Using a Paul trap, we captured the motion of a light charged particle (based on a rotating potential applied by AC current). Our rotational frequency was 50 Hz, and so when used FFT on the data, we ...
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0answers
19 views

Construction of a magnetic dip “compass”

I want to make a demo magnetic dip compass and was wondering what would be the relative sensitivity (restoring torque) of: 1) two neodymium magnets at the ends of a plastic rod (say 40 cm. i.e. ...
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1answer
50 views

Deriving electric field

Can anyone explain where the following expression for the electric field vector comes from? $$ \mathbf E(\mathbf r,t) = -\nabla \phi(\mathbf r,t) - \frac{\partial}{\partial t}\mathbf A(\mathbf r,t) ...
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1answer
111 views

Why doesn't an electromagnetic wave violate conservation of energy?

I'm starting to study electromagnetic waves and as i understand, an electromagnetic wave projects a varying electric field. This electric field can in turn give forces of repulsion/attractions to the ...
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1answer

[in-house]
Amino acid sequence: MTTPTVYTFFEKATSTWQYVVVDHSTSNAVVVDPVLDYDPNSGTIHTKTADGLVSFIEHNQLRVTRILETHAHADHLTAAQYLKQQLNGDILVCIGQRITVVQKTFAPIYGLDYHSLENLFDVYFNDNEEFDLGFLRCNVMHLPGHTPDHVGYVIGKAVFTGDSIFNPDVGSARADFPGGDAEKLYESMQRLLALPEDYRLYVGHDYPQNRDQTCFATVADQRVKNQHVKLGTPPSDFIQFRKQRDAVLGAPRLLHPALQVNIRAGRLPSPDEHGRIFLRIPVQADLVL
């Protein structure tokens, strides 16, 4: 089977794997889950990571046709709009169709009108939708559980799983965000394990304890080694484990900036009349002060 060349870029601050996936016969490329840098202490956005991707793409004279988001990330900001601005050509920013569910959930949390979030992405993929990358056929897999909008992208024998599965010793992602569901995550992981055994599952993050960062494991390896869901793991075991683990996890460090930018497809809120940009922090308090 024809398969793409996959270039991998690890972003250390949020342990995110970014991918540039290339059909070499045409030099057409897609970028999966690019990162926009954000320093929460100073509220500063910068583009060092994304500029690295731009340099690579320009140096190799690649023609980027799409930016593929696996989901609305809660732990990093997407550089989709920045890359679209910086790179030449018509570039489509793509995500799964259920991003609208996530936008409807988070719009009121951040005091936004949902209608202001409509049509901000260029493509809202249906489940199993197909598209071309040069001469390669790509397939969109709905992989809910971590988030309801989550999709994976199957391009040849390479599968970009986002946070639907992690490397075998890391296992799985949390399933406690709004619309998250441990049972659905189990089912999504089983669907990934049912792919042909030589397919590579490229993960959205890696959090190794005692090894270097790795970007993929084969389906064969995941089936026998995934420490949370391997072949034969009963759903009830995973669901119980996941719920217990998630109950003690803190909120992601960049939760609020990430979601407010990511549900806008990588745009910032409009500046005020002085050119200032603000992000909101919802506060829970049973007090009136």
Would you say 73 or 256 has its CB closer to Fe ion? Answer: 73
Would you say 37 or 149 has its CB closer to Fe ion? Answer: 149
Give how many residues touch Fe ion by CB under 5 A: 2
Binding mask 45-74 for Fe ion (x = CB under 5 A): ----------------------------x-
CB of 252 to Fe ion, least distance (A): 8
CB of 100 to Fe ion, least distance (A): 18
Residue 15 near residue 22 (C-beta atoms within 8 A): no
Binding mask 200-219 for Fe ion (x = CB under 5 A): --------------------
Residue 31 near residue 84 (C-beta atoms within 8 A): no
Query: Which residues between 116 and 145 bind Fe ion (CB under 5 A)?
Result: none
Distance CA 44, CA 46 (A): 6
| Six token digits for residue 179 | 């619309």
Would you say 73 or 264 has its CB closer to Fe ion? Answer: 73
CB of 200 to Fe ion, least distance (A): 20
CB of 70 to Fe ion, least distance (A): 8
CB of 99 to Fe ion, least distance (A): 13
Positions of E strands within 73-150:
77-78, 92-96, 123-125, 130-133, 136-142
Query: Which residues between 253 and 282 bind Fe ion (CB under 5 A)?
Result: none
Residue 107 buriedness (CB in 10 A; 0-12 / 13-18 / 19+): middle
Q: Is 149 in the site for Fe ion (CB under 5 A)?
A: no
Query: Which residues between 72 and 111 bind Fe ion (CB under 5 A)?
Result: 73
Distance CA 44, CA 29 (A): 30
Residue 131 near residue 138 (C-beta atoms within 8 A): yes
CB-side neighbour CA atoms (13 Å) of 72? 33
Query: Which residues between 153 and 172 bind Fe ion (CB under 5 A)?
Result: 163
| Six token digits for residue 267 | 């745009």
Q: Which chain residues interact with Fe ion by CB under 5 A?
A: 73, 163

101 views

How is the electostatic field propagated by the vacuum? How does a charge feel the presence of another charge when there is NOTHING between them?

Is the word "vacuum" equal to "nothing"? Imagine two charges of opposite sign, far from one another in vacuum, and moving with constant velocity - s.t. none radiates energy, none emits photons. At ...
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2answers
102 views

Determining the minimum pull force of a magnet required to hold it in place

If I place a magnet on the underside of a metal object so that it is held there by its attraction to the metal, how can I determine the minimum pull force the magnet needs to have in order to keep it ...
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1answer
99 views

Electron distribution around atom when moving

I do not have much experience on this but if an atom has some electrons around nucleus and the atom itself it is moving at some speed does that affect the distribution of electrons around? I am ...
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2answers
229 views

AC Electromagnets

Could someone help explain the uses of AC electromagnets. Wherever I look it says that DC electromagnets create stronger magnetic fields. I understand why AC electromagnets could be used in ...
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1answer
113 views

How to compute speed without knowing mass or charge values?

A gold nucleus is $460$ fm ($1$ $fm = 10^{(-15)} m$) from a proton, which initially is at rest. When the proton is released, it speeds away because of the repulsion that it experiences due to the ...
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1answer
140 views

Calculating the magnetic field from rectangular conductor?

I want to apply the Biot-Savart law to calculate the magnetic field at a point created by current flowing through a square/rectangular conductor. More specifically, a trace on a printed circuit board. ...
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1answer
66 views